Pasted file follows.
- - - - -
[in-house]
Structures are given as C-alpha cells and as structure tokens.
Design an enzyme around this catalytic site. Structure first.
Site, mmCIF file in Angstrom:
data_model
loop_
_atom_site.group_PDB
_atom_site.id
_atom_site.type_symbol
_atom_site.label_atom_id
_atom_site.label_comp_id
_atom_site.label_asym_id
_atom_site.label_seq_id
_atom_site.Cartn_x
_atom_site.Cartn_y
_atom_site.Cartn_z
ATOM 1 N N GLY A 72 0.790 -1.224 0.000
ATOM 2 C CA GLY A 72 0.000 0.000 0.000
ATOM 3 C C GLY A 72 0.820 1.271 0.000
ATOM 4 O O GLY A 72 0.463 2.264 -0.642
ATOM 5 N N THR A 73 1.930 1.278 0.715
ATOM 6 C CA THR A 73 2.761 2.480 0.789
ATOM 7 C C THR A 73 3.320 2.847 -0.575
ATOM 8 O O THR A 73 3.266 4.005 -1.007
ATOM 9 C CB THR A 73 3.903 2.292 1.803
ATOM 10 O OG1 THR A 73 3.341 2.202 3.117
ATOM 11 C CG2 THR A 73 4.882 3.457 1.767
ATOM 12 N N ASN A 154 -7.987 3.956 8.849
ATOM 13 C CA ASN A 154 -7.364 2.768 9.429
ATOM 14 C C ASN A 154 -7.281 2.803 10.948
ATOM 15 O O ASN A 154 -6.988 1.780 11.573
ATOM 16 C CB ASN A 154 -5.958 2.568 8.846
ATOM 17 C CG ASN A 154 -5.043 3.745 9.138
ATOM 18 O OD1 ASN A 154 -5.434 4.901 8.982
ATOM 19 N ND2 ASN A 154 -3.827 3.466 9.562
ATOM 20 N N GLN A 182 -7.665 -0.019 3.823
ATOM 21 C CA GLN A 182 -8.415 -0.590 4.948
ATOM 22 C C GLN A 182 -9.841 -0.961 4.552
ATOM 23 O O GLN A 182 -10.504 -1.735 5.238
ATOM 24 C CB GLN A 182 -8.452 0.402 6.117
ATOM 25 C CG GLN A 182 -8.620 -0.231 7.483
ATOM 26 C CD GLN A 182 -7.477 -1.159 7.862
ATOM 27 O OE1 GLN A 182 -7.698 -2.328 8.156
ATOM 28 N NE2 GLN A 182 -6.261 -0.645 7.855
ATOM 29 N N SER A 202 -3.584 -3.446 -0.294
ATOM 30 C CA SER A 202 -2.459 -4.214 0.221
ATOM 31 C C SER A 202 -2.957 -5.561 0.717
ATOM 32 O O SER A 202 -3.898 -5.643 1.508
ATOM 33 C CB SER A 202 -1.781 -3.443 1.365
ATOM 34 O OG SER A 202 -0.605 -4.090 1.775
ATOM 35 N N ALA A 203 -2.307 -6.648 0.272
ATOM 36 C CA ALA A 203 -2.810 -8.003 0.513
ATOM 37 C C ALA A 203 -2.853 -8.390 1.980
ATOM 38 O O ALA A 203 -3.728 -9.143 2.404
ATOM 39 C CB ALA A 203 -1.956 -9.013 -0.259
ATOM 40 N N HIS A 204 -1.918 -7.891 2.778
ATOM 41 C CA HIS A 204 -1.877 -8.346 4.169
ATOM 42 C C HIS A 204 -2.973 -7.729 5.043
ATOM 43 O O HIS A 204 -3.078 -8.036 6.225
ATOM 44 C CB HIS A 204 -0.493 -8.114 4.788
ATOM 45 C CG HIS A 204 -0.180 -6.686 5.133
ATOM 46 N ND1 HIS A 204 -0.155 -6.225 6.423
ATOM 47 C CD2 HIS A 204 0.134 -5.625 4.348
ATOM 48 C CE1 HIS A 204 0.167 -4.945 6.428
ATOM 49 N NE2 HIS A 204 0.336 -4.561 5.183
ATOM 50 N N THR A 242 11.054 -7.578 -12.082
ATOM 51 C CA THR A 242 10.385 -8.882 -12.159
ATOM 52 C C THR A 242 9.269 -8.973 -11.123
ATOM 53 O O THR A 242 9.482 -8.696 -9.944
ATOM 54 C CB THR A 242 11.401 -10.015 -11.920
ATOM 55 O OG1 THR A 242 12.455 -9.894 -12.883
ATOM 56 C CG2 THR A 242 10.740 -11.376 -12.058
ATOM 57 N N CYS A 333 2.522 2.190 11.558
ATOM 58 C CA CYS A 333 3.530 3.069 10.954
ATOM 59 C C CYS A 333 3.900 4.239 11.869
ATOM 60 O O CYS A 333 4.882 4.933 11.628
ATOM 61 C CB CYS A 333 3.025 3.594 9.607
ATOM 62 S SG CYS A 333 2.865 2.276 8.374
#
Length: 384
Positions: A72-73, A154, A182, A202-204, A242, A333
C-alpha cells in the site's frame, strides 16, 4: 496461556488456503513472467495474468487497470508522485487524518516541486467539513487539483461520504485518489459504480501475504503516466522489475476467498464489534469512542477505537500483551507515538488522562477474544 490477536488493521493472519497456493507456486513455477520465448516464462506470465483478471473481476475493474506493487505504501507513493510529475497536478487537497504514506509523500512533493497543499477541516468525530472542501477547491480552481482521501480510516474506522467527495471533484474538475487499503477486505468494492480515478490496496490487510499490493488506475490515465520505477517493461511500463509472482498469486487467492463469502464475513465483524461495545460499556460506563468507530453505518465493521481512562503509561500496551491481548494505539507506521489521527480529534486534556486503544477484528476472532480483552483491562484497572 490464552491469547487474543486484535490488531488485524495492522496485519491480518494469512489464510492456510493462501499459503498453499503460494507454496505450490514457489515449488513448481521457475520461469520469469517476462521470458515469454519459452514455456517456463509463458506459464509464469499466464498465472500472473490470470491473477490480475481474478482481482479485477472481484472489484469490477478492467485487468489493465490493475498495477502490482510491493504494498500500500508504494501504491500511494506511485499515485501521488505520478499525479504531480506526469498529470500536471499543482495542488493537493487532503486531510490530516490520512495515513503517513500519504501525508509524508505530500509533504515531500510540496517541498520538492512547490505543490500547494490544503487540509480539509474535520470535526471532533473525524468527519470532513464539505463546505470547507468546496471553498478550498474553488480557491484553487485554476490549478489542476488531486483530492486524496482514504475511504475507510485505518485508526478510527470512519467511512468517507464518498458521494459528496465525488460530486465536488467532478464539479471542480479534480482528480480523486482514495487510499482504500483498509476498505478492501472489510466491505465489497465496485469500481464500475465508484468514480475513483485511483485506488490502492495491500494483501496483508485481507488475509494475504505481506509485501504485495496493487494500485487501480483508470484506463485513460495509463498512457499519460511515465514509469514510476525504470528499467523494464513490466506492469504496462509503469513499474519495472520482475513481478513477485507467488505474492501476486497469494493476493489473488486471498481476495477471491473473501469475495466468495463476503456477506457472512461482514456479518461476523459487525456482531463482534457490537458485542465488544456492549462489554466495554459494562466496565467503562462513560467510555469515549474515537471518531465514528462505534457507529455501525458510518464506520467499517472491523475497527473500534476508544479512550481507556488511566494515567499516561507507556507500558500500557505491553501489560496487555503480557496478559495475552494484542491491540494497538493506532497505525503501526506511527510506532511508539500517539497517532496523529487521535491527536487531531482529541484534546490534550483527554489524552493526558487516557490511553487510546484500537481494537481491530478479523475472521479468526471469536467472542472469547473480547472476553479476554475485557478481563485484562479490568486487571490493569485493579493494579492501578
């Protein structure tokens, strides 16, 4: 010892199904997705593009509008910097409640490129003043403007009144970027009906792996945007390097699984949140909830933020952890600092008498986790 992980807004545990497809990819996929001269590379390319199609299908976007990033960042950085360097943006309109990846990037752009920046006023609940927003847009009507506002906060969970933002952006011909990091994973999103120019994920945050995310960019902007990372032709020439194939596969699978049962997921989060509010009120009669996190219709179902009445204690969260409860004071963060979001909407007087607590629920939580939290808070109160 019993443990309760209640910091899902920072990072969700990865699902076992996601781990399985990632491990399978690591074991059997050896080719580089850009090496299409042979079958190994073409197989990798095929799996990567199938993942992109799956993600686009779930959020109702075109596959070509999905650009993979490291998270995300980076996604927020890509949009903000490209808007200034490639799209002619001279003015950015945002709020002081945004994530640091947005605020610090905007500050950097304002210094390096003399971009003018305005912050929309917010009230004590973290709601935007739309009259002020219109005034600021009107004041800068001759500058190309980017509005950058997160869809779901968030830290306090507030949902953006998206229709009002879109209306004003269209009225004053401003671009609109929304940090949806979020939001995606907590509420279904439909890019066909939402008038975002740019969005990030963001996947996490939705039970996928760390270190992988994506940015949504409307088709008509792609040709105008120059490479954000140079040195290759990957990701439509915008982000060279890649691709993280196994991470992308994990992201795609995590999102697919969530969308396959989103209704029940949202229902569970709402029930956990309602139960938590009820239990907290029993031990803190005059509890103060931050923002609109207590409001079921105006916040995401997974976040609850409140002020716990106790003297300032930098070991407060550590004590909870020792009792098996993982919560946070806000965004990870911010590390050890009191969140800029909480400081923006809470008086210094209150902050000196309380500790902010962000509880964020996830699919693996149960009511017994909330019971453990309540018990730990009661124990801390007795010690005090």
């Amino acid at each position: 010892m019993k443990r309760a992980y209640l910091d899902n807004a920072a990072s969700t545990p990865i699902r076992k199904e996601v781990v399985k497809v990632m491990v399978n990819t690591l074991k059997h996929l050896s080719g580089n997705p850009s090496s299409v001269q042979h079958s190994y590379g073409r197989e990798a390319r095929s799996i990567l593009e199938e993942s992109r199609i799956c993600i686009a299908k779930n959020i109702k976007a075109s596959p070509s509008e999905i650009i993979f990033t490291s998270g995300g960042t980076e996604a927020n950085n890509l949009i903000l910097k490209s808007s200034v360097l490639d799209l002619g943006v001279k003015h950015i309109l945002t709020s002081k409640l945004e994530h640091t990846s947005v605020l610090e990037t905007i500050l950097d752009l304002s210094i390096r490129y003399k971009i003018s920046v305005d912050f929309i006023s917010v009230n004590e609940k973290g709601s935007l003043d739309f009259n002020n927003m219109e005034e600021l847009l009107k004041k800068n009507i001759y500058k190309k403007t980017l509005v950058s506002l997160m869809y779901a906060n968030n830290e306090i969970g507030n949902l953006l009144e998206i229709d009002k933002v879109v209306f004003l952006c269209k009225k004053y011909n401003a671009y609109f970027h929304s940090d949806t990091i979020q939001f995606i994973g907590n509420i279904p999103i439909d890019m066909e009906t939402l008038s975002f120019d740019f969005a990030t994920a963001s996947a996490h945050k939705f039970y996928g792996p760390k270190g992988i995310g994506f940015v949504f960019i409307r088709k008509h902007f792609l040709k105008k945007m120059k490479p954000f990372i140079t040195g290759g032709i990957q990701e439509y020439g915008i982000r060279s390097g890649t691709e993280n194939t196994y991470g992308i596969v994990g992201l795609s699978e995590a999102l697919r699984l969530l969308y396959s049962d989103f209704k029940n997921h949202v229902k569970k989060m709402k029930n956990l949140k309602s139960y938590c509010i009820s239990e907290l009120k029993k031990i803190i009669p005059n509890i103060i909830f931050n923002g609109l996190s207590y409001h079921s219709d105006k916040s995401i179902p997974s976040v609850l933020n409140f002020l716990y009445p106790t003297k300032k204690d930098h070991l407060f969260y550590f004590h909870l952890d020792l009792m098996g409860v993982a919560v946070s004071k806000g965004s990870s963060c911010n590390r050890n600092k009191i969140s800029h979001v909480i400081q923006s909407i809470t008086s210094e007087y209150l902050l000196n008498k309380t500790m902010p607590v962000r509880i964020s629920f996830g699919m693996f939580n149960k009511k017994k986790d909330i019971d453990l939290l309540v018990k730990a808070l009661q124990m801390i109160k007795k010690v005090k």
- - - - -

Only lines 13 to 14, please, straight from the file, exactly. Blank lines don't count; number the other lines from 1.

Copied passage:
_atom_site.label_seq_id
_atom_site.Cartn_x